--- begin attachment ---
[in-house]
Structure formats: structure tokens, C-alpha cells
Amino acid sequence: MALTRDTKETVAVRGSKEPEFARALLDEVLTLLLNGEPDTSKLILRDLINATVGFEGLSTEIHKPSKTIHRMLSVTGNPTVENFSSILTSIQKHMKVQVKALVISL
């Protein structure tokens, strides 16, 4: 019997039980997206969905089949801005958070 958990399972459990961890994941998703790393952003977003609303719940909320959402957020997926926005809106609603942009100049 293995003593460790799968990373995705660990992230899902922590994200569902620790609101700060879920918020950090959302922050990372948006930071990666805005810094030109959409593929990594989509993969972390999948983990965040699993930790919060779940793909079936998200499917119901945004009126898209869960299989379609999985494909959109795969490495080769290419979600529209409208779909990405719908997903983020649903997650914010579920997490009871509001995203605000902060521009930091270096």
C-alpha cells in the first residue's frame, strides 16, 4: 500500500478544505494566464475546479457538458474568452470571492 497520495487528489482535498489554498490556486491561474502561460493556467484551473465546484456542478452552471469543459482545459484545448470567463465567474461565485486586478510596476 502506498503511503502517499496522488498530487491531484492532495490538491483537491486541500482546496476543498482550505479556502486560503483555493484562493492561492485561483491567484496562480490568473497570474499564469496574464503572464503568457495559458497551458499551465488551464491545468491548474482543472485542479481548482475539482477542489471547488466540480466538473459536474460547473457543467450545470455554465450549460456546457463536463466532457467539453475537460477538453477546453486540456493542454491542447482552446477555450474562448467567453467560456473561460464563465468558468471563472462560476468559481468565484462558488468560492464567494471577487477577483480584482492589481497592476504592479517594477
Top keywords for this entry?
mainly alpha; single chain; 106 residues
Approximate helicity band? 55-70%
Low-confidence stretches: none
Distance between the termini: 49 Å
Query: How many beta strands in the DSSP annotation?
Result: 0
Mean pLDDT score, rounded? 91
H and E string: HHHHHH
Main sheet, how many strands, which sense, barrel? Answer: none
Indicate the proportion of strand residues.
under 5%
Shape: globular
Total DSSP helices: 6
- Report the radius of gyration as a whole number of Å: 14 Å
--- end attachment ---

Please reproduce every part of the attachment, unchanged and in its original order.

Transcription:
[in-house]
Structure formats: structure tokens, C-alpha cells
Amino acid sequence: MALTRDTKETVAVRGSKEPEFARALLDEVLTLLLNGEPDTSKLILRDLINATVGFEGLSTEIHKPSKTIHRMLSVTGNPTVENFSSILTSIQKHMKVQVKALVISL
């Protein structure tokens, strides 16, 4: 019997039980997206969905089949801005958070 958990399972459990961890994941998703790393952003977003609303719940909320959402957020997926926005809106609603942009100049 293995003593460790799968990373995705660990992230899902922590994200569902620790609101700060879920918020950090959302922050990372948006930071990666805005810094030109959409593929990594989509993969972390999948983990965040699993930790919060779940793909079936998200499917119901945004009126898209869960299989379609999985494909959109795969490495080769290419979600529209409208779909990405719908997903983020649903997650914010579920997490009871509001995203605000902060521009930091270096």
C-alpha cells in the first residue's frame, strides 16, 4: 500500500478544505494566464475546479457538458474568452470571492 497520495487528489482535498489554498490556486491561474502561460493556467484551473465546484456542478452552471469543459482545459484545448470567463465567474461565485486586478510596476 502506498503511503502517499496522488498530487491531484492532495490538491483537491486541500482546496476543498482550505479556502486560503483555493484562493492561492485561483491567484496562480490568473497570474499564469496574464503572464503568457495559458497551458499551465488551464491545468491548474482543472485542479481548482475539482477542489471547488466540480466538473459536474460547473457543467450545470455554465450549460456546457463536463466532457467539453475537460477538453477546453486540456493542454491542447482552446477555450474562448467567453467560456473561460464563465468558468471563472462560476468559481468565484462558488468560492464567494471577487477577483480584482492589481497592476504592479517594477
Top keywords for this entry?
mainly alpha; single chain; 106 residues
Approximate helicity band? 55-70%
Low-confidence stretches: none
Distance between the termini: 49 Å
Query: How many beta strands in the DSSP annotation?
Result: 0
Mean pLDDT score, rounded? 91
H and E string: HHHHHH
Main sheet, how many strands, which sense, barrel? Answer: none
Indicate the proportion of strand residues.
under 5%
Shape: globular
Total DSSP helices: 6
- Report the radius of gyration as a whole number of Å: 14 Å